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Bob Ayres

(1953 ~ 1999)

"Time is not my friend
It moves me closer to the end
Of my sweet warm blue season of desire."



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All Saints' Day
In a Pool of Light
Merrit Island 8:00pm
A Rose From Afar
Autumn Story
History and Virginity Lost

All Saints Day

I walk the ridge these darker days.
A yellow sun sets in the gray.
All Hallow’s eve the kids held sway.
All’s quiet now on All Saints Day
for me and memories of recent years.
The nothing month gives pause to think.
The trees a sketch in pen and ink.
The smell of smoke a wood fire burns.

Towards winter now the autumn turns
and early season snowflakes melt in tears.
The garden dormant where flowers grew.
A pumpkin with a note to you.
I leave it here and walk away
And bide my time on All Saints Day.

(Author's note: In memory of my dear friend Meredith Moody.)


In A Pool Of Light

We sit alone in a pool of light.
The studio dark very late at night.
Phones for you and Phones for me
I plug us into patch bay three
and then...
not taking my eyes from yours
I push the playback button
and the rythm track kicks in.
Holding my guitar
I get the feel
of the chords bass and drums.
Draw inspiration from your eyes
and improvise.
Tickling strings at first
Bending in the long sustains.
Pick slides thrown in subtle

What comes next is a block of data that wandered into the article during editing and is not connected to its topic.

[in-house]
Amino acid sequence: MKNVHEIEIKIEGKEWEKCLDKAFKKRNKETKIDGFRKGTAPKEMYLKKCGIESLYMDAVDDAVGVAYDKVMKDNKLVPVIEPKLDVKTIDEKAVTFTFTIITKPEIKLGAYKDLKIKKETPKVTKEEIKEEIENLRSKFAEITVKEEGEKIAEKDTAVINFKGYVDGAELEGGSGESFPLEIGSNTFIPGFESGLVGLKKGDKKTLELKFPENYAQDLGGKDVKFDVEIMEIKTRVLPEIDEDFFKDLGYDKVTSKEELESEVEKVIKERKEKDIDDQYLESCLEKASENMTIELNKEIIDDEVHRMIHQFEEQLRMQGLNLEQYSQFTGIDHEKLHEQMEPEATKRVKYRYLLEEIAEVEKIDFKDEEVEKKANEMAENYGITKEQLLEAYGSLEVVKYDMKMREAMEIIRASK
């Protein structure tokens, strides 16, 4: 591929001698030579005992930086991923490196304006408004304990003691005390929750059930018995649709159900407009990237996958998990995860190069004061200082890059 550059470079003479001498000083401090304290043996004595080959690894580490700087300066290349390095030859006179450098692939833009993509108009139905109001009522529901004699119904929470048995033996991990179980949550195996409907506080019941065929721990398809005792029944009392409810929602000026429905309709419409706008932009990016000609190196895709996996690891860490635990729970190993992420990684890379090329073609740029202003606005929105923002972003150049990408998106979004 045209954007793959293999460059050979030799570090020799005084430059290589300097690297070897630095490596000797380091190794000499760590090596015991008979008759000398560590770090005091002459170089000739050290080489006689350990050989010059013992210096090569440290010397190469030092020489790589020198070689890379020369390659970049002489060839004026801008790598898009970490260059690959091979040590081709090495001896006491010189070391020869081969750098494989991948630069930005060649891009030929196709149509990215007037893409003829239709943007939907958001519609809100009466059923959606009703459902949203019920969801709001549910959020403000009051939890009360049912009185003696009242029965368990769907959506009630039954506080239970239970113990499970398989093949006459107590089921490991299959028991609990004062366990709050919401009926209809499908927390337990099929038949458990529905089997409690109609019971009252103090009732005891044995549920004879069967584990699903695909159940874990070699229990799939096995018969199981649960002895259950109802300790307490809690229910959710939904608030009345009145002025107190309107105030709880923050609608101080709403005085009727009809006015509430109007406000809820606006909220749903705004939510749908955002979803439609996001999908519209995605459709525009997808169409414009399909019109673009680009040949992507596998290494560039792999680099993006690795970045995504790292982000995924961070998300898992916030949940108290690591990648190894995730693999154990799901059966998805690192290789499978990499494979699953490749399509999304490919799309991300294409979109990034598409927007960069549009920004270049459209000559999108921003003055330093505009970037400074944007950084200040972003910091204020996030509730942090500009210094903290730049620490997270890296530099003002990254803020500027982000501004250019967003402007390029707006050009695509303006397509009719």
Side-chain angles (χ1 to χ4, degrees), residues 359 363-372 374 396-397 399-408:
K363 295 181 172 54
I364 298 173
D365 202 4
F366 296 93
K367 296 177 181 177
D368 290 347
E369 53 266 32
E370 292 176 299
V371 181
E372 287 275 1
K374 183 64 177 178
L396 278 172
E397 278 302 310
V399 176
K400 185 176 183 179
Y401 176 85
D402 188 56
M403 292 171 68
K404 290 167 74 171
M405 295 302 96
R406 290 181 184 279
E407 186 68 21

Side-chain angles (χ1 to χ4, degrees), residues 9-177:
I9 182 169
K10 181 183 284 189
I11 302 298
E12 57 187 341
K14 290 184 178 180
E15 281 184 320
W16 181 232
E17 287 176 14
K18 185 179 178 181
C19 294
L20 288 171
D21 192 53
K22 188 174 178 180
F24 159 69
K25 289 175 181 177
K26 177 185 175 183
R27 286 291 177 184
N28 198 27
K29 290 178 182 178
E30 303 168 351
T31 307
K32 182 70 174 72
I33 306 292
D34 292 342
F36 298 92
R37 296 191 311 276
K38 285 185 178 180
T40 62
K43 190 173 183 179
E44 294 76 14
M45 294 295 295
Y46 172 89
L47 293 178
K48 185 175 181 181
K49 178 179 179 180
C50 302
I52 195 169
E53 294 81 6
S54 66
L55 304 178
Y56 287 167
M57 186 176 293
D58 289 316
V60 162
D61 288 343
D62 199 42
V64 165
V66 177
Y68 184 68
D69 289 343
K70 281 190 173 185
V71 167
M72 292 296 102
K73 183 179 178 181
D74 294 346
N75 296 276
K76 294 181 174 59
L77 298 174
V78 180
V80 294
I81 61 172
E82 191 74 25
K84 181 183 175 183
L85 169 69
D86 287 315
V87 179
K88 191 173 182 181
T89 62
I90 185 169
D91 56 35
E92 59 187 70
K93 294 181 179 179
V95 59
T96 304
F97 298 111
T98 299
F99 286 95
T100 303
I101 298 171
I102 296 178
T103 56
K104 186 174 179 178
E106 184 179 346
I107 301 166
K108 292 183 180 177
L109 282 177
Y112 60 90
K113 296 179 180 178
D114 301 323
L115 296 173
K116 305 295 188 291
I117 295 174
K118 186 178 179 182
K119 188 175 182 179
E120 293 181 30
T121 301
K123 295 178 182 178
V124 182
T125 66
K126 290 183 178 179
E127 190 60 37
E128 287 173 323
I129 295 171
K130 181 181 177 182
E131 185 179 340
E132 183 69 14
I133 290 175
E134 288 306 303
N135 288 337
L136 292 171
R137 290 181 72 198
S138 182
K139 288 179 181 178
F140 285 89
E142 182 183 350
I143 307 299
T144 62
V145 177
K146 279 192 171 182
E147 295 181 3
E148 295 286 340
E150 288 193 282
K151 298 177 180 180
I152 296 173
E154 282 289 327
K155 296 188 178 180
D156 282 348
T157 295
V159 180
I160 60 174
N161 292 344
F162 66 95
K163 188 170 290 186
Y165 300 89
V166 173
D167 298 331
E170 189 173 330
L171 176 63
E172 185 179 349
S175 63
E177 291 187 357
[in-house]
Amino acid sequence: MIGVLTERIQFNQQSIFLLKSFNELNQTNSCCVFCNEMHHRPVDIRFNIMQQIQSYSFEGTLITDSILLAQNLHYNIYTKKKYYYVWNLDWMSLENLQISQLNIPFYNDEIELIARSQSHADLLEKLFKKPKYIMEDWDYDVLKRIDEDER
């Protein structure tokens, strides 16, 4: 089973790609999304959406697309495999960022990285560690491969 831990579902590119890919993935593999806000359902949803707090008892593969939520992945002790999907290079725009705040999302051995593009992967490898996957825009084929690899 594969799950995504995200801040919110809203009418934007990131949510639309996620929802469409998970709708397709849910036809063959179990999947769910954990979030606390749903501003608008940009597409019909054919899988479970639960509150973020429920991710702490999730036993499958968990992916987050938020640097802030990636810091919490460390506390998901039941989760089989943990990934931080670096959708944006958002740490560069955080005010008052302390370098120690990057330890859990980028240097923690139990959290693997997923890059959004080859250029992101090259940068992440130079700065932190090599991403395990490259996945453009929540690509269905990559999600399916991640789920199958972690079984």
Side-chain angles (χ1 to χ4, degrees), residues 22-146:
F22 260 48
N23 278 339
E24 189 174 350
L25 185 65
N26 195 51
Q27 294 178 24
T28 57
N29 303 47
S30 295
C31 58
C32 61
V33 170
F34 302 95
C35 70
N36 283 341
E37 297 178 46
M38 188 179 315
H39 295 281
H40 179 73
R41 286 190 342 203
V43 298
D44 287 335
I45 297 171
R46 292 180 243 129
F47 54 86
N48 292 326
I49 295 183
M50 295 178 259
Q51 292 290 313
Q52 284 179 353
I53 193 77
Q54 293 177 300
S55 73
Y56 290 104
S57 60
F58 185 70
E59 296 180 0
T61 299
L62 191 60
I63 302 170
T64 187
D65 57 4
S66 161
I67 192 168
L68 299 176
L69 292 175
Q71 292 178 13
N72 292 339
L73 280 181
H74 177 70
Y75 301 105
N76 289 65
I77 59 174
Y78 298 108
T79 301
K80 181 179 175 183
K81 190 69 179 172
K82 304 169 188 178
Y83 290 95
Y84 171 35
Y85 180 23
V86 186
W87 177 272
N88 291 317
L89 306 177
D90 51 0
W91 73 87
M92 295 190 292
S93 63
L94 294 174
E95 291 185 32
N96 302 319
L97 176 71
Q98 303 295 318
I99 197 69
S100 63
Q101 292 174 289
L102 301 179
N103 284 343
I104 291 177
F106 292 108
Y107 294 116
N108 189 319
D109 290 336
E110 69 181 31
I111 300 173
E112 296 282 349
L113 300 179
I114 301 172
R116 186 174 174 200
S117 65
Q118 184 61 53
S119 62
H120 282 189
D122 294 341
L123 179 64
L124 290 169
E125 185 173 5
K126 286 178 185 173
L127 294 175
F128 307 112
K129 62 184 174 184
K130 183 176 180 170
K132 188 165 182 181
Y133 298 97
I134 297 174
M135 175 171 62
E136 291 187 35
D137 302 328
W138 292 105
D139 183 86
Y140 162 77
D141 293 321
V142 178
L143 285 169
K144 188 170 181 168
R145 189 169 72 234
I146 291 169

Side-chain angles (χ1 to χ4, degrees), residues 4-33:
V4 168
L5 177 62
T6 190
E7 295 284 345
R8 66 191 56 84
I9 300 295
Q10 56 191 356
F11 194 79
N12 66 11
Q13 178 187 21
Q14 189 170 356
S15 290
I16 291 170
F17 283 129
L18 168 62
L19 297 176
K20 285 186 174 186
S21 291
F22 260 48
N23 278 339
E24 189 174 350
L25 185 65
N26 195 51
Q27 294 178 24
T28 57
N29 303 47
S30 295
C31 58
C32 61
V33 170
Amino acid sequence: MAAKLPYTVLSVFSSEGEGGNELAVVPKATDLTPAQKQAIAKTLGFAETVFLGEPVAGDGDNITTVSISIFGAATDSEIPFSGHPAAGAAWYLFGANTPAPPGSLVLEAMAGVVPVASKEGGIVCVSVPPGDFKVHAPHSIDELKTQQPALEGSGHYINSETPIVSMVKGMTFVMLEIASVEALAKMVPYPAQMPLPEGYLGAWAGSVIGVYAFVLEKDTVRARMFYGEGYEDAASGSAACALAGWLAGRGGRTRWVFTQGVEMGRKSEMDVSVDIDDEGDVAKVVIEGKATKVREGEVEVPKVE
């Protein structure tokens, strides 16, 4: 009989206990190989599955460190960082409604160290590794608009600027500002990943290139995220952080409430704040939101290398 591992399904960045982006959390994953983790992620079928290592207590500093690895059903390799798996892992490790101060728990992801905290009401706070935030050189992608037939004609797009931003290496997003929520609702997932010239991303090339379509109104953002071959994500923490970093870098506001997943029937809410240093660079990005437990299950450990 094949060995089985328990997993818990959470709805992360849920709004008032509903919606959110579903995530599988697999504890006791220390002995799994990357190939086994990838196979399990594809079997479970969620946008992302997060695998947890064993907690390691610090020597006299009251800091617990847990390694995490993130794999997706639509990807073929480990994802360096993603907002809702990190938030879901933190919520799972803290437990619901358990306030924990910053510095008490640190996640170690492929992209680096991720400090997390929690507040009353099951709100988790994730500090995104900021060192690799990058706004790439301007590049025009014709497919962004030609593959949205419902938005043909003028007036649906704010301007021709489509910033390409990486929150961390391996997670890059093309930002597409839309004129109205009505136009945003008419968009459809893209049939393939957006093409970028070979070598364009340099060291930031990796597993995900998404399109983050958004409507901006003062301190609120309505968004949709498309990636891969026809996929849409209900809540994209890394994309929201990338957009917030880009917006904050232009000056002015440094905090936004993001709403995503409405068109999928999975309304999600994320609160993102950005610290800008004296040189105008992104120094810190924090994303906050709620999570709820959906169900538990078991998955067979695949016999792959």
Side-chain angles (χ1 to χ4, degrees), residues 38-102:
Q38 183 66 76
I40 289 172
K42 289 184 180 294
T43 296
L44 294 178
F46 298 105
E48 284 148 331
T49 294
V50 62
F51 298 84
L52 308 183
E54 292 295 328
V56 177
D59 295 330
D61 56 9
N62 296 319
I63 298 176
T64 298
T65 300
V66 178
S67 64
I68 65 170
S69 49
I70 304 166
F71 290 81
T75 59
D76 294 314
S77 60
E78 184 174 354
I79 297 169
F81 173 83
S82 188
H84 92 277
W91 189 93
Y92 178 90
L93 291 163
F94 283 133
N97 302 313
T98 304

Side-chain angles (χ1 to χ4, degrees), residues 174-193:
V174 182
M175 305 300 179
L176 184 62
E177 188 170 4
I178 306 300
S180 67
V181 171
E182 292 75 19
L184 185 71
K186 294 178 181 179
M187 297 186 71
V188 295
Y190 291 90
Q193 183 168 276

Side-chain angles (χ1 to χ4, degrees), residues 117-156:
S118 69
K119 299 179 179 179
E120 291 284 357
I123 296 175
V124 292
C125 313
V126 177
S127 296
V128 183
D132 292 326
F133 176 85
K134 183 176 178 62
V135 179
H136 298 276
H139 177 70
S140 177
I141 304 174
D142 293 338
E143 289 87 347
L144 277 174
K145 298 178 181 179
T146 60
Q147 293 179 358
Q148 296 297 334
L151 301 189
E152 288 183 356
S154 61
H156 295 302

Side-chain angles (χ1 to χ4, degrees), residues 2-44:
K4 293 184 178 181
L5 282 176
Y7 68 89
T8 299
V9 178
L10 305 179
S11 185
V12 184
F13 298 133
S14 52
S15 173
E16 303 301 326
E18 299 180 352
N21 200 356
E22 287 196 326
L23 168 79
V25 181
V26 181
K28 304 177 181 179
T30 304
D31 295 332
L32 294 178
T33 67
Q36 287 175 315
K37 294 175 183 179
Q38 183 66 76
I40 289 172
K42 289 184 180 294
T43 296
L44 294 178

like clever foreplay.
I sense your pleasure and soon
a melody begins to form.
Easy at first
in half time with the beat.
Then building,
faster and more complex.
Screaming highs underscored
by brutal power chords.
I play you high.
I play you low.
Play you fast
and play you slow.
Play it ways we've never known,
in a world that's ours
and ours alone.
The melody subsides
to its easy simple form
then under and out.
Catching your breath
you smile back at me with far away eyes.
So tired and yet wanting more.
Somewhere I find the strength
and push the playback button one more time.
once again the music
loud in our ears
in the silence that surounds us
sitting alone
in a pool of light.

~ May 04, 1998


Merrit Island 8:00 PM

The hood of my rented car
gobbles up the pavement.
speeding across the causeway
in this place of modern history.
Engulfed in the ruby hues
of early spring Florida sunset.
Exotic critters watch me
from their hiding place nearby
as down the empty road
at seventy I fly.
They add to the air of mystery
here where the secrets of nature
and the secrets of technology
make strange bed fellows.
Headlights on as darkness decends.
Merrit Island 8:00 PM.

~ April 20, 1998


Rose From Afar

Drab colors give way to a bloom.
A rose the likes of which I've never seen.
All pinkish yellow. A color of the south.
As if to suggest a teasing coolness of early morning
soon con sumed by the scorching heat of mid day.
Gracefully she sheds her peach colored petals
and blooming full opens wide
revealing the endless beauty she is inside.
Her subtle sweet perfume recalls
a gushing taste of honey nectar on my tongue.
Of entry through her every door.
Of trash and virtue to explore.
A rose will bloom for only days
but in my heart a smile stays
for a flower cherished from afar.
Ever only from afar. 

~ July 10, 1998


Autumn Story


The car passed by at an alarming rate of speed. I was out running up the long hill on East Mill Road, the one that led up and out of the valley. The car was a Cadillac Eldorado. One of those fancy new ones. It was dark metallic green and shined with that never been off the lot kind of shine. Still, it had a generic look about it and I guessed that it was a rental. It passed me by so fast that I felt swept away in it's slip stream and I estimated that it was doing about seventy.